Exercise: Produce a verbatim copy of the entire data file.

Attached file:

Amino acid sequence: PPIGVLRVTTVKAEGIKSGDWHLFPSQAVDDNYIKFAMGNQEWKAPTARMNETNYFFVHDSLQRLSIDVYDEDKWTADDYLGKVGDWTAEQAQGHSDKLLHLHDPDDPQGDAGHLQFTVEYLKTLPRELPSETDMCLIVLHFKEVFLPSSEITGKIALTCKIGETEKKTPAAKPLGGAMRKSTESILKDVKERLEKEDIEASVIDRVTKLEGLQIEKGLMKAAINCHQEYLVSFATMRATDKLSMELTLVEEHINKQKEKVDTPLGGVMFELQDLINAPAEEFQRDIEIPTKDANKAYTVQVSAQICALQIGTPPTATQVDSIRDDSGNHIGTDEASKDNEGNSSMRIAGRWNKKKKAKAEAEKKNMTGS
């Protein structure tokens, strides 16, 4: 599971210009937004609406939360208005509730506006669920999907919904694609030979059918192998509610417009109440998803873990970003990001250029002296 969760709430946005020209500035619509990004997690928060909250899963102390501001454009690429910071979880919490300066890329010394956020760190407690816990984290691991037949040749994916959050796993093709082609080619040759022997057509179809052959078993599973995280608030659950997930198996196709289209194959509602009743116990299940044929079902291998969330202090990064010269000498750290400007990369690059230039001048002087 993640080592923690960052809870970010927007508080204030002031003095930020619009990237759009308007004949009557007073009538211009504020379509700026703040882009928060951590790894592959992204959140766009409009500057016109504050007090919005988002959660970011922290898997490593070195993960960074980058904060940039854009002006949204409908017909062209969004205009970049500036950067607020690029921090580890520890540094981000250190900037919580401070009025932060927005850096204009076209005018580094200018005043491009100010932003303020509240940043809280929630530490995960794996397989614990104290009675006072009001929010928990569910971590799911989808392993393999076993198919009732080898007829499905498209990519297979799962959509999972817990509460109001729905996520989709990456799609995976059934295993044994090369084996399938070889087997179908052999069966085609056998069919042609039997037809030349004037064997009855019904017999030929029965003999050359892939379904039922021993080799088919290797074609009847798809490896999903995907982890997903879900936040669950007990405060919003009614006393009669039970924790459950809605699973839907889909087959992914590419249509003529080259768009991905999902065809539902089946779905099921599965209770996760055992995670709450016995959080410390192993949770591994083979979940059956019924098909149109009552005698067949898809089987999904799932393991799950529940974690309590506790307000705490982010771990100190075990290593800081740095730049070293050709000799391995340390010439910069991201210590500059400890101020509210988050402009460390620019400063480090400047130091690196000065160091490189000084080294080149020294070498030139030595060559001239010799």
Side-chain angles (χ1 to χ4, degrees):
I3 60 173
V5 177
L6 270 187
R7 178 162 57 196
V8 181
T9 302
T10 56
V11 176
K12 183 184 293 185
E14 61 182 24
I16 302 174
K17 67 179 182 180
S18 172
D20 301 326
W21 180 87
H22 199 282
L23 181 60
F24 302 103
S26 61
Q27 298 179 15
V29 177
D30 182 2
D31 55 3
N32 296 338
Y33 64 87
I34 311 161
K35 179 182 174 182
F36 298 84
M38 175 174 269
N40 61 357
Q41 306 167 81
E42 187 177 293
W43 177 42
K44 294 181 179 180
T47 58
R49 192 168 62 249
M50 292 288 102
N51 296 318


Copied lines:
Amino acid sequence: PPIGVLRVTTVKAEGIKSGDWHLFPSQAVDDNYIKFAMGNQEWKAPTARMNETNYFFVHDSLQRLSIDVYDEDKWTADDYLGKVGDWTAEQAQGHSDKLLHLHDPDDPQGDAGHLQFTVEYLKTLPRELPSETDMCLIVLHFKEVFLPSSEITGKIALTCKIGETEKKTPAAKPLGGAMRKSTESILKDVKERLEKEDIEASVIDRVTKLEGLQIEKGLMKAAINCHQEYLVSFATMRATDKLSMELTLVEEHINKQKEKVDTPLGGVMFELQDLINAPAEEFQRDIEIPTKDANKAYTVQVSAQICALQIGTPPTATQVDSIRDDSGNHIGTDEASKDNEGNSSMRIAGRWNKKKKAKAEAEKKNMTGS
């Protein structure tokens, strides 16, 4: 599971210009937004609406939360208005509730506006669920999907919904694609030979059918192998509610417009109440998803873990970003990001250029002296 969760709430946005020209500035619509990004997690928060909250899963102390501001454009690429910071979880919490300066890329010394956020760190407690816990984290691991037949040749994916959050796993093709082609080619040759022997057509179809052959078993599973995280608030659950997930198996196709289209194959509602009743116990299940044929079902291998969330202090990064010269000498750290400007990369690059230039001048002087 993640080592923690960052809870970010927007508080204030002031003095930020619009990237759009308007004949009557007073009538211009504020379509700026703040882009928060951590790894592959992204959140766009409009500057016109504050007090919005988002959660970011922290898997490593070195993960960074980058904060940039854009002006949204409908017909062209969004205009970049500036950067607020690029921090580890520890540094981000250190900037919580401070009025932060927005850096204009076209005018580094200018005043491009100010932003303020509240940043809280929630530490995960794996397989614990104290009675006072009001929010928990569910971590799911989808392993393999076993198919009732080898007829499905498209990519297979799962959509999972817990509460109001729905996520989709990456799609995976059934295993044994090369084996399938070889087997179908052999069966085609056998069919042609039997037809030349004037064997009855019904017999030929029965003999050359892939379904039922021993080799088919290797074609009847798809490896999903995907982890997903879900936040669950007990405060919003009614006393009669039970924790459950809605699973839907889909087959992914590419249509003529080259768009991905999902065809539902089946779905099921599965209770996760055992995670709450016995959080410390192993949770591994083979979940059956019924098909149109009552005698067949898809089987999904799932393991799950529940974690309590506790307000705490982010771990100190075990290593800081740095730049070293050709000799391995340390010439910069991201210590500059400890101020509210988050402009460390620019400063480090400047130091690196000065160091490189000084080294080149020294070498030139030595060559001239010799």
Side-chain angles (χ1 to χ4, degrees):
I3 60 173
V5 177
L6 270 187
R7 178 162 57 196
V8 181
T9 302
T10 56
V11 176
K12 183 184 293 185
E14 61 182 24
I16 302 174
K17 67 179 182 180
S18 172
D20 301 326
W21 180 87
H22 199 282
L23 181 60
F24 302 103
S26 61
Q27 298 179 15
V29 177
D30 182 2
D31 55 3
N32 296 338
Y33 64 87
I34 311 161
K35 179 182 174 182
F36 298 84
M38 175 174 269
N40 61 357
Q41 306 167 81
E42 187 177 293
W43 177 42
K44 294 181 179 180
T47 58
R49 192 168 62 249
M50 292 288 102
N51 296 318